Aquaculture for all

Lords Scrutinise Food Security, Highlight Biofuels

Sustainability Politics +2 more

UK - Members of the Lords, including the author of the Curry Report on the sustainable future of farming and food and a former chair of the Royal Agricultural Society of England, debated current government policies on food security last week.

Baroness Miller of Chilthorne Domer (Liberal Democrat), who tabled the debate, said: "We have only recently begun to understand the importance of the concept of global food security rather than seeing it as an issue only when there is a regional famine or shortage far from these shores."

Baroness Miller highlighted how the UK has the 'best grass-growing conditions in the whole world and a wonderful range of livestock breeds'. Baroness Miller continued: "Food security is all about resilience and diversity. We must value our seed heritage and our different animal breeds." Baroness Miller predicted biotechnology would be a 'hot topic' and said: "I do not think that GM is the answer to food security issues, but nor should we seek to halt scientific exploration and trials."

Earl of Selborne (Conservative), former chair of the Royal Agricultural Society of England and current chair of the Foundation for Science and Technology, stated: "Our present food system is clearly unsustainable, inadequate and failing in some respects."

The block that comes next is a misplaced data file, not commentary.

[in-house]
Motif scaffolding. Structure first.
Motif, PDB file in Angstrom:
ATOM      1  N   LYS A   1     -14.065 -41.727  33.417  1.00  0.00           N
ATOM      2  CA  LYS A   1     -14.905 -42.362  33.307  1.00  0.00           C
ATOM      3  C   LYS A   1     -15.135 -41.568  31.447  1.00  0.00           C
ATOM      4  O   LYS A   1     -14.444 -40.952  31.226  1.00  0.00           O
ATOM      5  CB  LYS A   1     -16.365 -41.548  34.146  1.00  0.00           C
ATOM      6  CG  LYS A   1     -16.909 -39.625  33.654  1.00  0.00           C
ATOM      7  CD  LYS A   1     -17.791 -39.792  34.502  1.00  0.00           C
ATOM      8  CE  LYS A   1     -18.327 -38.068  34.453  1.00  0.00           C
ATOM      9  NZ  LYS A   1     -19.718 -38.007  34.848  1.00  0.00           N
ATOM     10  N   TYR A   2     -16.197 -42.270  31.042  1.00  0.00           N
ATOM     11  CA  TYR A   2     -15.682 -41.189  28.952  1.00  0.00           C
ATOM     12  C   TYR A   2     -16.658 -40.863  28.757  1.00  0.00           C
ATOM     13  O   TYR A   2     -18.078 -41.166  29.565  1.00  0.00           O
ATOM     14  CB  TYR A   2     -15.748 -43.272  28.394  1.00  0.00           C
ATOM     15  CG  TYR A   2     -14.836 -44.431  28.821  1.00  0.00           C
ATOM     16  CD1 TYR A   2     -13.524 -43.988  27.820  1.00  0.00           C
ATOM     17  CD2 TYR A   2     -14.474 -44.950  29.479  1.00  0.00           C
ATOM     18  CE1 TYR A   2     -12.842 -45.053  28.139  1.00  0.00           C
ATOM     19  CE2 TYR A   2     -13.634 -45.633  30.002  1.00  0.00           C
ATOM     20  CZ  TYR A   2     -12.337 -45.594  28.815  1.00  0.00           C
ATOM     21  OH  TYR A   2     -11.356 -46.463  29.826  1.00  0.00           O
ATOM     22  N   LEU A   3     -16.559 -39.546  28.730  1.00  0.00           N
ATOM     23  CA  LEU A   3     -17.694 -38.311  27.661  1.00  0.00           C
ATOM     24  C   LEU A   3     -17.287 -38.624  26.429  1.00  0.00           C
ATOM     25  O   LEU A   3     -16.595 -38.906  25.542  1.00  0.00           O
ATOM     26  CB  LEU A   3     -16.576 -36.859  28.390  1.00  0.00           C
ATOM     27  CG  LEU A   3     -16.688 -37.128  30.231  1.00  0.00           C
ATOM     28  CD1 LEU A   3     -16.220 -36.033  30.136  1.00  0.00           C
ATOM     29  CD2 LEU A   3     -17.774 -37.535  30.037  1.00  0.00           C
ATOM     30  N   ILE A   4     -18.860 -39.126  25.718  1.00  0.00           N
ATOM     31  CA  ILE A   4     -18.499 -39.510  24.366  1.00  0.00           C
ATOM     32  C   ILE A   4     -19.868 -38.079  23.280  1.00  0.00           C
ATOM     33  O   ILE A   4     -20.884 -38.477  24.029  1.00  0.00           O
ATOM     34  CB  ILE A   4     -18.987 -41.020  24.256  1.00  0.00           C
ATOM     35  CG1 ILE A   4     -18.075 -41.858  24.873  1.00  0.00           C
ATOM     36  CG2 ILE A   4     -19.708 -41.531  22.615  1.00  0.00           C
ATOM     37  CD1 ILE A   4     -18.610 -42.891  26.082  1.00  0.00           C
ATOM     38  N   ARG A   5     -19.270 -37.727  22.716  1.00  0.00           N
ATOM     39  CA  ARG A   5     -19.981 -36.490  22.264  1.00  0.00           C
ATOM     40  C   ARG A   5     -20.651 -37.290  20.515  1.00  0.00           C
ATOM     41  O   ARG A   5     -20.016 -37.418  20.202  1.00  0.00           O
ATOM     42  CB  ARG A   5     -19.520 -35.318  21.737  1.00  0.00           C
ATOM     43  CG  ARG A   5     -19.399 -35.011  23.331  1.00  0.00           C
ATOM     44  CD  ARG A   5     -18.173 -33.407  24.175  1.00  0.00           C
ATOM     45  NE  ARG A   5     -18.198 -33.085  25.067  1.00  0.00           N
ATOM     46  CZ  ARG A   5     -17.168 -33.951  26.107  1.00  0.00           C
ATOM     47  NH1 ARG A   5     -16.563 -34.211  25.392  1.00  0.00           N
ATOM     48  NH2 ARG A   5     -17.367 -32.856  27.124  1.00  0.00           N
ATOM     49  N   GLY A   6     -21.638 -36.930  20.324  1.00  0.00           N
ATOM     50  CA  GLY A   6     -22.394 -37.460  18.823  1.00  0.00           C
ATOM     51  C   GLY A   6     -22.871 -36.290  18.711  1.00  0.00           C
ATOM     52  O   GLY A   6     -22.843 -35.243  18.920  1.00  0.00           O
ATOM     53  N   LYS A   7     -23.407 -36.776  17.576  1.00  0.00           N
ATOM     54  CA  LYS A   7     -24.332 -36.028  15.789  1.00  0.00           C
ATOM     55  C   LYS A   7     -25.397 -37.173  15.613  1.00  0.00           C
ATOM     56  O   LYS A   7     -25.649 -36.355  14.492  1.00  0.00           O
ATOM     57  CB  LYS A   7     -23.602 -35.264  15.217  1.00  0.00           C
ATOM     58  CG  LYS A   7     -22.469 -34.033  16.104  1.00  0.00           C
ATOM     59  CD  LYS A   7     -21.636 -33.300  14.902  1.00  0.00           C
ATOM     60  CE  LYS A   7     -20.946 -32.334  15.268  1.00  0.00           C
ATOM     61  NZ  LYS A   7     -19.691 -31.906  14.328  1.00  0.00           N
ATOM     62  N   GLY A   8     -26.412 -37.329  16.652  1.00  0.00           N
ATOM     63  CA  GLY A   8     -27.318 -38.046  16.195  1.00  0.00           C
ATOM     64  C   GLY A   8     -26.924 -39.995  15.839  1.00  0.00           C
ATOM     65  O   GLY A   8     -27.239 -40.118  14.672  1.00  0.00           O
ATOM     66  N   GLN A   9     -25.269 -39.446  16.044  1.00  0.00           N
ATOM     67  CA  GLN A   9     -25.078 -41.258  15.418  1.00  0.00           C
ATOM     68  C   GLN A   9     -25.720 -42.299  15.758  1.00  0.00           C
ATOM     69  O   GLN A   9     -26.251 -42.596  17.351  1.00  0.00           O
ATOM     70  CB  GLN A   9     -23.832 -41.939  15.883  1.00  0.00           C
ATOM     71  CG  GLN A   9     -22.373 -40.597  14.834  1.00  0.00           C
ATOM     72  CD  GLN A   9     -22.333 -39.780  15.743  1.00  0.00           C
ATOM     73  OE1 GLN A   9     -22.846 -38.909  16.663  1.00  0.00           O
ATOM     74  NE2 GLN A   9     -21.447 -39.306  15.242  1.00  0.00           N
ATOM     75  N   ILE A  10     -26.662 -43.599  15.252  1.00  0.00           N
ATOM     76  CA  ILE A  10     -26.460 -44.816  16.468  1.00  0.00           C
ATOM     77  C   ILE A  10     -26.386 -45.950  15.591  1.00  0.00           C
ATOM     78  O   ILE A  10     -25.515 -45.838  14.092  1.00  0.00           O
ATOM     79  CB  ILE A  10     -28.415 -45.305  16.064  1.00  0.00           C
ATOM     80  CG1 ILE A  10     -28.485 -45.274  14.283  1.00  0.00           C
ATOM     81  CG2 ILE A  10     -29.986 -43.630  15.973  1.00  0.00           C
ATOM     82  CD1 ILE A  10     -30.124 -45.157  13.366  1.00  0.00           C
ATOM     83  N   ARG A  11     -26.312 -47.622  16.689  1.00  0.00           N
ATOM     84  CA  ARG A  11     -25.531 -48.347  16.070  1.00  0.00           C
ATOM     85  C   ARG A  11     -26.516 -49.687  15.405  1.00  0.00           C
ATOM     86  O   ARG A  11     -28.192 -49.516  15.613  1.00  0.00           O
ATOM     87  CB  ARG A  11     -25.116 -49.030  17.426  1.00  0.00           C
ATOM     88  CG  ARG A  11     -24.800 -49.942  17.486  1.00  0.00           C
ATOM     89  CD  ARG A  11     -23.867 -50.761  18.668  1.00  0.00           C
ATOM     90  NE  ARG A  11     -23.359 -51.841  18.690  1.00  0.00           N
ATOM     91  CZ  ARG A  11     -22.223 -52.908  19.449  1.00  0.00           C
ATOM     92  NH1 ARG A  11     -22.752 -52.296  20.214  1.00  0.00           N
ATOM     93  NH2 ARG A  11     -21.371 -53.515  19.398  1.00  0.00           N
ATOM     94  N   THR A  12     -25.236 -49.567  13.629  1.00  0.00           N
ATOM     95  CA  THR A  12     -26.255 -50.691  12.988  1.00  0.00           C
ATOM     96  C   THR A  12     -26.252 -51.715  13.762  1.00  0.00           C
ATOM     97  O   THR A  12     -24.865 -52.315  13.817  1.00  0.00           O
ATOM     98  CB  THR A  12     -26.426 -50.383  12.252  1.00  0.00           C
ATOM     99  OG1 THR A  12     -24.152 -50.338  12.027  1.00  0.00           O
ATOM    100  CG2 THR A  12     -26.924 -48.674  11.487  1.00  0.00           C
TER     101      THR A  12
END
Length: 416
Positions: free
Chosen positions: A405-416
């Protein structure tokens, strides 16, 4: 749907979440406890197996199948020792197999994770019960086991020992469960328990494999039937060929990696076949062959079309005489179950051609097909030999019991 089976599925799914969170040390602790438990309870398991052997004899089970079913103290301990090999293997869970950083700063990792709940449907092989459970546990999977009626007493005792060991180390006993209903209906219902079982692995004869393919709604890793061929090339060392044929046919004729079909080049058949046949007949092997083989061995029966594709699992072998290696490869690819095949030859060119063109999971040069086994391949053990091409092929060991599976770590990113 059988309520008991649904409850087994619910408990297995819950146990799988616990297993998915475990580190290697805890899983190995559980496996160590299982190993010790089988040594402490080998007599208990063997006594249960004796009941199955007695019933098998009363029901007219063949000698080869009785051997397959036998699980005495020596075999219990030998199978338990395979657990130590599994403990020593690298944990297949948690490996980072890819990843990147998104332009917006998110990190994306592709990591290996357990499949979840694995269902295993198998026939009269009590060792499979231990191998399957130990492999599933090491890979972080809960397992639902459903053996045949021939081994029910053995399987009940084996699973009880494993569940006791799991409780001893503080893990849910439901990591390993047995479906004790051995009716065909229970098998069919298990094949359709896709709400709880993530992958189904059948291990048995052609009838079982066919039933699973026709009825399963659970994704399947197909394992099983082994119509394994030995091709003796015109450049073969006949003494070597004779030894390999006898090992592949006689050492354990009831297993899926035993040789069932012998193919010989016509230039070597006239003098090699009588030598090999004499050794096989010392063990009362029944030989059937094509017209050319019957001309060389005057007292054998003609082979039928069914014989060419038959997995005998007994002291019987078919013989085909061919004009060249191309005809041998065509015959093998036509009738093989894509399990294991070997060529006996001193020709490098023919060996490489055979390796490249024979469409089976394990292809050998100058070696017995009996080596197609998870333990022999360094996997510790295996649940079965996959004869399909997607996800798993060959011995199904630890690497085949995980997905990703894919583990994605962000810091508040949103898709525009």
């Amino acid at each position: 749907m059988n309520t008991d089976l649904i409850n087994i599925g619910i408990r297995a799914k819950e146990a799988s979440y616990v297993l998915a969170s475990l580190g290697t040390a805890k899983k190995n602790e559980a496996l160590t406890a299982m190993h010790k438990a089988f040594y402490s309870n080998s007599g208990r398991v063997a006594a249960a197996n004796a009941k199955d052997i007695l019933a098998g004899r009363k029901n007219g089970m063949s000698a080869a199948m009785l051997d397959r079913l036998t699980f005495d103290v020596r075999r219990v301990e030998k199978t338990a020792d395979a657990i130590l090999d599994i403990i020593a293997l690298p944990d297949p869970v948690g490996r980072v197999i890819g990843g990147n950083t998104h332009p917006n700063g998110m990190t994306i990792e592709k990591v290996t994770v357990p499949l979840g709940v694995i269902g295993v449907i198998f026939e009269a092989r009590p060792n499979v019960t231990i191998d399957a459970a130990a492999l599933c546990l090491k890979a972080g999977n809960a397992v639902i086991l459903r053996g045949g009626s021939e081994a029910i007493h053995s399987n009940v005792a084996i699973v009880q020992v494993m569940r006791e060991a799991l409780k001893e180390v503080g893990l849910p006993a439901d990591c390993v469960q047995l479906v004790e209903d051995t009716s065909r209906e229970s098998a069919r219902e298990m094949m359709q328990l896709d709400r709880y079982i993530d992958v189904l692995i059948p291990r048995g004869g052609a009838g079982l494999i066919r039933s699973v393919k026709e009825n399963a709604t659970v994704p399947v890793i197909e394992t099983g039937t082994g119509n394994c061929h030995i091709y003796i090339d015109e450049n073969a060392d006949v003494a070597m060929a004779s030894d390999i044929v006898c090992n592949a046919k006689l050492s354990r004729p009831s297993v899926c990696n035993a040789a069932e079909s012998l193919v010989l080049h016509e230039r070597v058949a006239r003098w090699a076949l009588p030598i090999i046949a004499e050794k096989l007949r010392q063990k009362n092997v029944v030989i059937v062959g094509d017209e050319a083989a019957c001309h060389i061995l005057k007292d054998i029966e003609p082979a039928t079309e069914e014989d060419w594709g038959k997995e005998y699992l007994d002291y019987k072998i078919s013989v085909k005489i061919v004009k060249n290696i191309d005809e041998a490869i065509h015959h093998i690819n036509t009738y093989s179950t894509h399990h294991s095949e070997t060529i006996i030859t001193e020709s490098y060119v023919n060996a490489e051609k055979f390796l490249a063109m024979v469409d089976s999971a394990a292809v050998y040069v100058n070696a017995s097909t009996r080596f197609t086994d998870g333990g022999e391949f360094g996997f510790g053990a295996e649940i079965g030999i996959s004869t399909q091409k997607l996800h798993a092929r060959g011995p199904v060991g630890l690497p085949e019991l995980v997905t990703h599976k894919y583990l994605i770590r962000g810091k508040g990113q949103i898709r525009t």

Earl of Selborne listed reduced dependence on fossil fuels and exploitation of natural resources, economic use of water, increased use of biomass and reducing carbon leakage as essential components of sustainable agriculture. "It will not be agricultural science that delivers totally. Financial services, the communications sector and a whole raft of interventions - political, economical, sociological and technological - will be involved," he said.

Lord Giddens (Labour), member of the Agriculture, Fisheries and Environment EU Sub-committee, took a global view and spoke about 'new style risks' which 'we tend to be in denial about'. Human created risks are rising steeply yet "we are not in a world that is getting close to managing their consequences, or even to accepting their seriousness," Lord Giddens explained.

Lord Giddens added: "Three of the biggest new-style risks are climate change, population growth and world urbanisation. In the case of food security these risks overlap and it's time 'to make far more of a dent in these risks than we have so far."

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